So, that huge hack of 500 million Yahoo user accounts last week that Yahoo blamed on a "state-sponsored actor"? A private internet security firm is calling bullshit on the "state-sponsored" part.
When Edward Snowden came in from the cold, it catapulted his employer, Booz Allen Hamilton -- a giant military/intelligence contractor -- into the public eye, but Booz is small potatoes, one of the Big Five in the intelligence contractor industry, but it's dwarfed by Leidos Holdings, which recently merged with Lockheed's Information Systems & Global Solutions to become the largest business in the $50B industry. Read the rest
Once it became clear that a US-backed militia coalition was going to chase Isis out of the northern Syrian city of Manbij, Isis planted at least 14,000 mines, boobytrapping refrigerators, onion-baskets, rocks, appliances, tea-kettles, "everything." Read the rest
The police in Caldwell, Idaho told Shariz West that they thought her ex-boyfriend might have run into her house and they asked for permission to look inside; she said yes, but then the cops engaged in a 10-hour armed standoff against her empty home (the family dog was inside, but there were no humans), blasting holes in the walls, crashing through the ceilings, smashing out the windows, and filling the house with tear-gas, which destroyed most of the family's possessions. Read the rest
In June, the Defense Department’s Inspector General released a report on the US Army's accounting, revealing that the Army had invented $6.5 trillion in "improper adjustments" ($2.8T in one quarter!) to make its books appear balanced though it could not account for where the funds had gone. Read the rest
Ever since the Supreme Court ordered the nation's voting authorities to get their act together in 2002 in the wake of Bush v Gore, tech companies have been flogging touchscreen voting machines to willing buyers across the country, while a cadre computer scientists trained in Ed Felten's labs at Princeton have shown again and again and again and again that these machines are absolutely unfit for purpose, are trivial to hack, and endanger the US election system. Read the rest
Two Muslim-American women were kicked off an American Airlines flight this week, basically for flying while Muslim.
U.S. military officials are preventing imprisoned whistleblower Chelsea Manning from having contact with her legal team or her friends, following unconfirmed reports that she was hospitalized after a health crisis.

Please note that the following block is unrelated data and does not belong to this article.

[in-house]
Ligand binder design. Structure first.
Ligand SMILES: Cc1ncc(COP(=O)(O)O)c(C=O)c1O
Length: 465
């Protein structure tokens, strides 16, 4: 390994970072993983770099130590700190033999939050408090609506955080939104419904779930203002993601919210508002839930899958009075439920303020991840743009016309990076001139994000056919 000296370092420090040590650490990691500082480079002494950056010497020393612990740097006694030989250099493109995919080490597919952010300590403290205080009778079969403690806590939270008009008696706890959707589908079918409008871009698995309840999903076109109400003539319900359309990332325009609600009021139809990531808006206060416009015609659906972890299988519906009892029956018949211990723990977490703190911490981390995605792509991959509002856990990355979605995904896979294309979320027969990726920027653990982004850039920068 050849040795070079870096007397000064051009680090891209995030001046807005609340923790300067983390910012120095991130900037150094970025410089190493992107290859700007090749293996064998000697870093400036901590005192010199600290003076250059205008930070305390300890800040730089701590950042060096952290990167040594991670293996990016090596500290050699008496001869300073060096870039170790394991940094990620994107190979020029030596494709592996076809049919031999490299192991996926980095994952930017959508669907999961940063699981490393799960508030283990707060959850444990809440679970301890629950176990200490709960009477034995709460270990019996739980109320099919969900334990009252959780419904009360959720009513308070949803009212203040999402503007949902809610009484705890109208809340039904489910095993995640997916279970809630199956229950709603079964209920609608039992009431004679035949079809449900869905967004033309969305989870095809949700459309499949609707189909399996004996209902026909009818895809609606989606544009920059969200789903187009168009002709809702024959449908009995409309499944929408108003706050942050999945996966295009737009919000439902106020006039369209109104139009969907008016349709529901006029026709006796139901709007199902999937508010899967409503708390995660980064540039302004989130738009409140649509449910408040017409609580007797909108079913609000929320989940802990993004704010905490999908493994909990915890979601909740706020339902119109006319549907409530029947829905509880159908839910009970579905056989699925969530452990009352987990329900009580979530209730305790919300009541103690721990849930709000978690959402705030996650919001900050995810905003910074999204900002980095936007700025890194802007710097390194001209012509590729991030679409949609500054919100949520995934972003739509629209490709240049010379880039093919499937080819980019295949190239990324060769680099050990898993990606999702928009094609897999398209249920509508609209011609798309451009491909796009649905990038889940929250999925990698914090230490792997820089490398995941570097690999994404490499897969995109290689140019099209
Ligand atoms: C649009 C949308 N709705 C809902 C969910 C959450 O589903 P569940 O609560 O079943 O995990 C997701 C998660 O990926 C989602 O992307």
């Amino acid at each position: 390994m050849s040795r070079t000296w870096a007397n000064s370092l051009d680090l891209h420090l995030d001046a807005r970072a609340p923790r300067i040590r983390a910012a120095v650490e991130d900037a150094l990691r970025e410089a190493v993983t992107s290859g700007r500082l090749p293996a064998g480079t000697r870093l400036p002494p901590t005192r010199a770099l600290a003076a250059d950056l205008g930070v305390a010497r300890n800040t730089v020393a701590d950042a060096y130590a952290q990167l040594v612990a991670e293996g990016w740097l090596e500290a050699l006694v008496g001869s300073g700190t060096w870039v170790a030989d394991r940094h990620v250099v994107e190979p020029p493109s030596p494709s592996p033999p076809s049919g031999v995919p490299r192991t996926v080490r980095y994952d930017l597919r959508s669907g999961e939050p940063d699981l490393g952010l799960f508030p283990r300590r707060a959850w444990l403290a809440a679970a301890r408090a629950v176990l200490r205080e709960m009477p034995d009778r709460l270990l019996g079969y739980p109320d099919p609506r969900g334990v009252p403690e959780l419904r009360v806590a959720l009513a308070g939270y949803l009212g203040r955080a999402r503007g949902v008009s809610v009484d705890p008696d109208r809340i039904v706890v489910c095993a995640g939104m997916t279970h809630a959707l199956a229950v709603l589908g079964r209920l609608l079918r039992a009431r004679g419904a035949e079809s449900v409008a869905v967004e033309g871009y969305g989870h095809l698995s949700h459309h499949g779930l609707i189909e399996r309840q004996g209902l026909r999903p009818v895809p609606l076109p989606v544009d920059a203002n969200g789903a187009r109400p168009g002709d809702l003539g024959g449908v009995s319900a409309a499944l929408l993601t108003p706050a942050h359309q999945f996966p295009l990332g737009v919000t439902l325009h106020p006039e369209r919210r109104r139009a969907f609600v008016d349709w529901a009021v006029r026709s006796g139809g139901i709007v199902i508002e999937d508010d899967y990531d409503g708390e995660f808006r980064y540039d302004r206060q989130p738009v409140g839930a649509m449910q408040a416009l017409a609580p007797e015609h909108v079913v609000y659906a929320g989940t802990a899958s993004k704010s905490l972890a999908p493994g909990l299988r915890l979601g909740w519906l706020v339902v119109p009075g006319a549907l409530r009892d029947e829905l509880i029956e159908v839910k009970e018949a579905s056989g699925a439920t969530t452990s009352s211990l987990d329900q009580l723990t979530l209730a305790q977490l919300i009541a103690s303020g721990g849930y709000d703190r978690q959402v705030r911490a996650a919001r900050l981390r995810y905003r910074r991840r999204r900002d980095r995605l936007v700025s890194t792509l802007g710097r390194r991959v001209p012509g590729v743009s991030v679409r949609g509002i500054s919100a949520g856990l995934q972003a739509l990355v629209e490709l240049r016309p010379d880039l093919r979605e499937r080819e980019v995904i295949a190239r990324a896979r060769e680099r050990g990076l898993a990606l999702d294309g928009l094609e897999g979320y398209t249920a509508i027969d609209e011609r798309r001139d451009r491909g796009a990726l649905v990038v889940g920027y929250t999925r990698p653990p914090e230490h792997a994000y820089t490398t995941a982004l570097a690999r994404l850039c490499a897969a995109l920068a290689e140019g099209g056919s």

Neal Gershenfeld, founder of MIT's Center for Bits and Atoms, has been talking about making digital things physical and physical things digital longer than almost anyone, and his books -- notably FAB: The Coming Revolution on Your Desktop -- are visionary and inspirational ways to think about how information technology has changed our species' relationship with the universe; while the Fab Labs he helped invent represent the best and most thoughtful way that a makerspace can be built to suit local community needs. Read the rest
Between 2011-2015, there were more than 800 individual UK police personnel who raided official databases to amuse themselves, out of idle curiosity, or for personal financial gain; and over 800 incidents in which information was inappropriately leaked outside of the police channels. Read the rest
The US imprisons more people than any other country in history, both as a total number and as a proportion of its population; a White House data-mining effort proposes to set free prisoners who are "low risk," which is something we can all get behind. Read the rest
From her prison cell, whistleblower Chelsea Manning has written a beautiful piece for the Guardian about the Pentagon's announcement that it will end a longtime ban on transgender people serving in the Armed Forces, and the implications this has for ordinary trans Americans who serve our country, just like her.
NPR has a quiz that invites you to guess which of six poems were written by a computer program, and which were written by humans. A group of 10 judges weren't fooled, but I had trouble correctly guessing all of them. I appreciated the computer-generated poems as much as the human-written ones.
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The dirty rusty wooden dresser drawer. A couple million people wearing drawers, Or looking through a lonely oven door, Flowers covered under marble floors.
And lying sleeping on an open bed. And I remember having started tripping, Or any angel hanging overhead, Without another cup of coffee dripping.
Surrounded by a pretty little sergeant, Another morning at an early crawl. And from the other side of my apartment, An empty room behind the inner wall.
A thousand pictures on the kitchen floor, Talked about a hundred years or more.